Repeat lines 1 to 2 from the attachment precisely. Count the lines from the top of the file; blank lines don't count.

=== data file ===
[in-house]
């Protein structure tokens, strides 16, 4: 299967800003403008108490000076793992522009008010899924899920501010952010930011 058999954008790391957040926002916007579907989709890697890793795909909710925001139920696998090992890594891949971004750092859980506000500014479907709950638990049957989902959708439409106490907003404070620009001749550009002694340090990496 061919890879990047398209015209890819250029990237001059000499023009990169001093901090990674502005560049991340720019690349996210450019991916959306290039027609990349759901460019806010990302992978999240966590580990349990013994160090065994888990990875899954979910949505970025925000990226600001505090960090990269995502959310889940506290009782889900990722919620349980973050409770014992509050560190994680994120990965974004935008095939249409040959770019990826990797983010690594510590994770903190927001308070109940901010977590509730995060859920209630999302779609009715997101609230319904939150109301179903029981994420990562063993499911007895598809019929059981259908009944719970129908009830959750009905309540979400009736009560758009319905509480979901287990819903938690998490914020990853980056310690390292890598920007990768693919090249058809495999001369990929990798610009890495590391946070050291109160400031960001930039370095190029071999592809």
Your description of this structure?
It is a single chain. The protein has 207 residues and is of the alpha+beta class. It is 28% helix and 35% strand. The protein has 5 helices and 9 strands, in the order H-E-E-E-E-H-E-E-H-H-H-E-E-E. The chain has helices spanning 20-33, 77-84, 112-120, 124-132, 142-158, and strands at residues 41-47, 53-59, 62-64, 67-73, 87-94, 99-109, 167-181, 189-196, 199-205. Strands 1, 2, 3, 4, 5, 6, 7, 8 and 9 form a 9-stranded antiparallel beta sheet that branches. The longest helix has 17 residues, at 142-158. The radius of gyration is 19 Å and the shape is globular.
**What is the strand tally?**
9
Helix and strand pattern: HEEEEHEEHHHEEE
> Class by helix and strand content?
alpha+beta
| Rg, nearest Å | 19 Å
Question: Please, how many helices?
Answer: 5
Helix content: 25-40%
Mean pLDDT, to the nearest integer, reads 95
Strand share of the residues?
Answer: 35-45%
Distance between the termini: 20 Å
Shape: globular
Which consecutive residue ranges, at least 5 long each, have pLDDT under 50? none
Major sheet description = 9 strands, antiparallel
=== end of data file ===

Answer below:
[in-house]
């Protein structure tokens, strides 16, 4: 299967800003403008108490000076793992522009008010899924899920501010952010930011 058999954008790391957040926002916007579907989709890697890793795909909710925001139920696998090992890594891949971004750092859980506000500014479907709950638990049957989902959708439409106490907003404070620009001749550009002694340090990496 061919890879990047398209015209890819250029990237001059000499023009990169001093901090990674502005560049991340720019690349996210450019991916959306290039027609990349759901460019806010990302992978999240966590580990349990013994160090065994888990990875899954979910949505970025925000990226600001505090960090990269995502959310889940506290009782889900990722919620349980973050409770014992509050560190994680994120990965974004935008095939249409040959770019990826990797983010690594510590994770903190927001308070109940901010977590509730995060859920209630999302779609009715997101609230319904939150109301179903029981994420990562063993499911007895598809019929059981259908009944719970129908009830959750009905309540979400009736009560758009319905509480979901287990819903938690998490914020990853980056310690390292890598920007990768693919090249058809495999001369990929990798610009890495590391946070050291109160400031960001930039370095190029071999592809």